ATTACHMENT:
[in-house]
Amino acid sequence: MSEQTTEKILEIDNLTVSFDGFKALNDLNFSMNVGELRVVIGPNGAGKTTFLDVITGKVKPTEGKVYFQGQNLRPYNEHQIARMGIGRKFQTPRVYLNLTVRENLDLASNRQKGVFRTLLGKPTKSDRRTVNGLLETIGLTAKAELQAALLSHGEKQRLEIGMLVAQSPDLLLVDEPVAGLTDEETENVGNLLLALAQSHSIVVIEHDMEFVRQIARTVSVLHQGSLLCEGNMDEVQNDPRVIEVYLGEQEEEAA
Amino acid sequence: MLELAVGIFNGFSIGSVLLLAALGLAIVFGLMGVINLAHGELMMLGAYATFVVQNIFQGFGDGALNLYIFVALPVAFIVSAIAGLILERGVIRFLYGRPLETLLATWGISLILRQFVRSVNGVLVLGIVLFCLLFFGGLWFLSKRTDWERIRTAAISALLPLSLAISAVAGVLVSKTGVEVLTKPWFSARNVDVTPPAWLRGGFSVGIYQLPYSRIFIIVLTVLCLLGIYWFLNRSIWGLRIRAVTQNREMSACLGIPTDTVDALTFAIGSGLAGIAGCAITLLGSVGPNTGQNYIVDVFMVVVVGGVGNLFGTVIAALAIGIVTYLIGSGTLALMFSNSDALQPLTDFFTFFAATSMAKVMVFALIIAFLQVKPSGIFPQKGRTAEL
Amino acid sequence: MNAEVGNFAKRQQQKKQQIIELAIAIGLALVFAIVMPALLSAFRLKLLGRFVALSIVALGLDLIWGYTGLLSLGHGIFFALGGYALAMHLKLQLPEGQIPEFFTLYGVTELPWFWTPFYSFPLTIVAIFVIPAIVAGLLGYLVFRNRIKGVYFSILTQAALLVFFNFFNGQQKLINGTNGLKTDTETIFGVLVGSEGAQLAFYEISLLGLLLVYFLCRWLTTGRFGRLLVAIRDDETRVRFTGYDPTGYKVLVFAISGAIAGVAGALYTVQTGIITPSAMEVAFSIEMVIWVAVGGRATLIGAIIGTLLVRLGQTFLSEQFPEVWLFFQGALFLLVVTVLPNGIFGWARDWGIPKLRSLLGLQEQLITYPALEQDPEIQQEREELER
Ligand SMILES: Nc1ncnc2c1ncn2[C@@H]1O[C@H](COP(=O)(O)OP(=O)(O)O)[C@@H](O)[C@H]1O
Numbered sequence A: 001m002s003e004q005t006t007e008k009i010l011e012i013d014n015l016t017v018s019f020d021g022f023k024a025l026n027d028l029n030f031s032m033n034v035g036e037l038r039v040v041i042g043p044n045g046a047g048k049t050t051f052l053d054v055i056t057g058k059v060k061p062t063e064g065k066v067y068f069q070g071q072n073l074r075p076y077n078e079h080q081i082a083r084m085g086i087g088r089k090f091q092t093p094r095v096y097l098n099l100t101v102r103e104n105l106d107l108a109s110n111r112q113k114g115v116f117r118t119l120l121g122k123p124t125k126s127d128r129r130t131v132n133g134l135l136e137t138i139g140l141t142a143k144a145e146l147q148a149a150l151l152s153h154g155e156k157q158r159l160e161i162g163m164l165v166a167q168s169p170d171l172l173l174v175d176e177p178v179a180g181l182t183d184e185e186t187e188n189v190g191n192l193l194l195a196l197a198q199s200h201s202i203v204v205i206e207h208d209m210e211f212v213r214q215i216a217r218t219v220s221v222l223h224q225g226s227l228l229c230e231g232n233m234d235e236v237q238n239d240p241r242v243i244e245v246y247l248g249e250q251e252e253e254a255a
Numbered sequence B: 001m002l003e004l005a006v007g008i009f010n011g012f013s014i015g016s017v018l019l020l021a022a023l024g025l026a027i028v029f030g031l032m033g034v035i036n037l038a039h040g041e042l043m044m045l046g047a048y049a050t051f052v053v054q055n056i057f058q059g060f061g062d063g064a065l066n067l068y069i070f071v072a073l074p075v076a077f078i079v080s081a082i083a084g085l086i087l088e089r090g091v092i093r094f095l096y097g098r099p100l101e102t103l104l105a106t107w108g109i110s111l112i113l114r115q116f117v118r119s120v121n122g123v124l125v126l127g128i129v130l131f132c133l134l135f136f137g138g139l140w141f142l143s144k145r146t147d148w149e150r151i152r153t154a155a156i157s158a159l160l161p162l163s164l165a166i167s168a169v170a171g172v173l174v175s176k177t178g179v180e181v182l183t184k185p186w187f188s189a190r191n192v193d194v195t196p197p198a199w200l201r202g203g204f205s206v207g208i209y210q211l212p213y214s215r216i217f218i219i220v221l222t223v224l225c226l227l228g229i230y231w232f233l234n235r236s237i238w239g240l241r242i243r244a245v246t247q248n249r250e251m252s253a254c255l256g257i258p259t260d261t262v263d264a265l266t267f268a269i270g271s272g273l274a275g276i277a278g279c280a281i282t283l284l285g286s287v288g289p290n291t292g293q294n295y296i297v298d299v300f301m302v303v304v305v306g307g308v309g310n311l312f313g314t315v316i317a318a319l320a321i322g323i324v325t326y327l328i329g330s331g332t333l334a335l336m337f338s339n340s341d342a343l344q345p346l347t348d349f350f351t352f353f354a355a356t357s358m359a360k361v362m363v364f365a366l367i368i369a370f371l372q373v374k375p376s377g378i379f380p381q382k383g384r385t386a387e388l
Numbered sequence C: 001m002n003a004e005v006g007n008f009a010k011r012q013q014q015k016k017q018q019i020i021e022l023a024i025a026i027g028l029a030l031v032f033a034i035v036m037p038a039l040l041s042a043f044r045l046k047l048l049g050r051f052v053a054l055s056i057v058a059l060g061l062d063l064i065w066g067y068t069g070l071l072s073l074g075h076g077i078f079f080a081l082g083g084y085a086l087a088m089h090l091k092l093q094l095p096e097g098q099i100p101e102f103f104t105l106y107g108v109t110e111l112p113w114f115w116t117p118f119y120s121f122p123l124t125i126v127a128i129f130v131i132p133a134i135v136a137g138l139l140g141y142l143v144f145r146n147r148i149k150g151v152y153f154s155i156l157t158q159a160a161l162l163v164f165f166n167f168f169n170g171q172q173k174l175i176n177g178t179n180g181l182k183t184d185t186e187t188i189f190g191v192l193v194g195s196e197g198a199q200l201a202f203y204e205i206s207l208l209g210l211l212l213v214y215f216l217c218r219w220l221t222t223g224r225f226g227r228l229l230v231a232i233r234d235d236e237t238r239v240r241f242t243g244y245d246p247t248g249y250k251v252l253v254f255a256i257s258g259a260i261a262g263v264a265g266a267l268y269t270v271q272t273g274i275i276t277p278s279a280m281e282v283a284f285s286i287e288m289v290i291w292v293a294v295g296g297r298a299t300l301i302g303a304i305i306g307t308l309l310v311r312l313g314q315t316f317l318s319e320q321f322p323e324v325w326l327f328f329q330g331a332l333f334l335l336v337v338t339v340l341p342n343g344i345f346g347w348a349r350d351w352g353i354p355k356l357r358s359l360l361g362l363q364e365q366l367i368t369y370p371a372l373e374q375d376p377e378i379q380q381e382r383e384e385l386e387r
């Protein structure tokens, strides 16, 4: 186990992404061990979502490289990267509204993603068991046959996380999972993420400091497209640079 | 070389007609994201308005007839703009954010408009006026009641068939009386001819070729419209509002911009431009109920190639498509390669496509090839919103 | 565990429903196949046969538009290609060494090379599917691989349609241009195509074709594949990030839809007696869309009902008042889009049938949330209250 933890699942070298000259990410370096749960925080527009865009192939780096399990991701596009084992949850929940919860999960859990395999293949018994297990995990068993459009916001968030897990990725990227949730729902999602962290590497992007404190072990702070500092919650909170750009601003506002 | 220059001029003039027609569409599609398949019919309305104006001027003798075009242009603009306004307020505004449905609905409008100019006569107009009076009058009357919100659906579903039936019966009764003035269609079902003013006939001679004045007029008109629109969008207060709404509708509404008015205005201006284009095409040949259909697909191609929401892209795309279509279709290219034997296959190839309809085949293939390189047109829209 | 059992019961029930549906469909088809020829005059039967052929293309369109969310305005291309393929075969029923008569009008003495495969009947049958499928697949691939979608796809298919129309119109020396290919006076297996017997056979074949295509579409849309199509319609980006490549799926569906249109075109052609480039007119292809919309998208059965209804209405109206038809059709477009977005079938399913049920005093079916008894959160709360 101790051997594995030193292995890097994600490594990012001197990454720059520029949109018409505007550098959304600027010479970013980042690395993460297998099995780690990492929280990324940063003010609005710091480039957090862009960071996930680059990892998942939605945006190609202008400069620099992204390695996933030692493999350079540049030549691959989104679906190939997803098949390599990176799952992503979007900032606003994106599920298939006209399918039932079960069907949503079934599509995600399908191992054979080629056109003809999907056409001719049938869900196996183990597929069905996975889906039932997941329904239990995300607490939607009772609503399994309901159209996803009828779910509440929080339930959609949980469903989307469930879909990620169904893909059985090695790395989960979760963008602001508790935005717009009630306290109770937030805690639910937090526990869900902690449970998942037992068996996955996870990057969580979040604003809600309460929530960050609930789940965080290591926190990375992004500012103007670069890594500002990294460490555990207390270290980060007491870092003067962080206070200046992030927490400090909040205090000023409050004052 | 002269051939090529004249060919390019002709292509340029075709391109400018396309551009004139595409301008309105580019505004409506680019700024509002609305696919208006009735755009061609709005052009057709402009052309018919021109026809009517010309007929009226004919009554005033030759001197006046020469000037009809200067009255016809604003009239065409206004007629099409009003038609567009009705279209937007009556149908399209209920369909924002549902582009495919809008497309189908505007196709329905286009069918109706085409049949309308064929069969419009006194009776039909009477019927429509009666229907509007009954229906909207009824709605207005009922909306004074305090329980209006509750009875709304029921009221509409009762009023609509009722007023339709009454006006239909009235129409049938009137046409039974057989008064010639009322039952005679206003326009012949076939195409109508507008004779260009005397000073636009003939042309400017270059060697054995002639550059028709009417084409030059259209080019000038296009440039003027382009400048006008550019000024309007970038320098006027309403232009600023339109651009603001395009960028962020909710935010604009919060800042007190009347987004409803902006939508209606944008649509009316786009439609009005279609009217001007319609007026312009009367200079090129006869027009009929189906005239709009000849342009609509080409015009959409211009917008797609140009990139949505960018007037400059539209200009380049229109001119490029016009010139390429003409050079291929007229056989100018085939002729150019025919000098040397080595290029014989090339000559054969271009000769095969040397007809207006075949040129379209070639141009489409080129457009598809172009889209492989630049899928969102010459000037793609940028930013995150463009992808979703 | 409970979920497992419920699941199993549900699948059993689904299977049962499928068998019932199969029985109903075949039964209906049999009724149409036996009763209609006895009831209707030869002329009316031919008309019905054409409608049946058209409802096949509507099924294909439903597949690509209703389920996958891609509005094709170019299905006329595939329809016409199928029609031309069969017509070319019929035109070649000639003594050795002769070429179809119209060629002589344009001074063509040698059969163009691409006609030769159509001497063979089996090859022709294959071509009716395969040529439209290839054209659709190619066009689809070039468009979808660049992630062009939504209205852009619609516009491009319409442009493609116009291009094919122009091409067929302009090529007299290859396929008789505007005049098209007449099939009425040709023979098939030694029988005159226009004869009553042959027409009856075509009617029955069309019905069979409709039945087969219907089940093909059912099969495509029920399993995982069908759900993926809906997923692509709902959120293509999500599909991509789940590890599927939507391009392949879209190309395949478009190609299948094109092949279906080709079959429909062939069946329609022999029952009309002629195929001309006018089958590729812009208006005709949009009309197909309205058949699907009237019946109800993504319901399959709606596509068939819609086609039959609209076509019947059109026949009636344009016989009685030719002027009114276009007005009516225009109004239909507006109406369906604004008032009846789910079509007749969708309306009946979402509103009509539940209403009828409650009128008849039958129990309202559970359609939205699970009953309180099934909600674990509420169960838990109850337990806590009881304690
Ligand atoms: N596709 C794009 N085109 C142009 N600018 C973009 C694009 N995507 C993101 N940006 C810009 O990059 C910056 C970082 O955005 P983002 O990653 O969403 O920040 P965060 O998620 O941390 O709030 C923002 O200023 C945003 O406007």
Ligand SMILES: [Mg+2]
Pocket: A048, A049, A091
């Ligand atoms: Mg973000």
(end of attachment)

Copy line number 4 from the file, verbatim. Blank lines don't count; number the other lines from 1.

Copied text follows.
Amino acid sequence: MNAEVGNFAKRQQQKKQQIIELAIAIGLALVFAIVMPALLSAFRLKLLGRFVALSIVALGLDLIWGYTGLLSLGHGIFFALGGYALAMHLKLQLPEGQIPEFFTLYGVTELPWFWTPFYSFPLTIVAIFVIPAIVAGLLGYLVFRNRIKGVYFSILTQAALLVFFNFFNGQQKLINGTNGLKTDTETIFGVLVGSEGAQLAFYEISLLGLLLVYFLCRWLTTGRFGRLLVAIRDDETRVRFTGYDPTGYKVLVFAISGAIAGVAGALYTVQTGIITPSAMEVAFSIEMVIWVAVGGRATLIGAIIGTLLVRLGQTFLSEQFPEVWLFFQGALFLLVVTVLPNGIFGWARDWGIPKLRSLLGLQEQLITYPALEQDPEIQQEREELER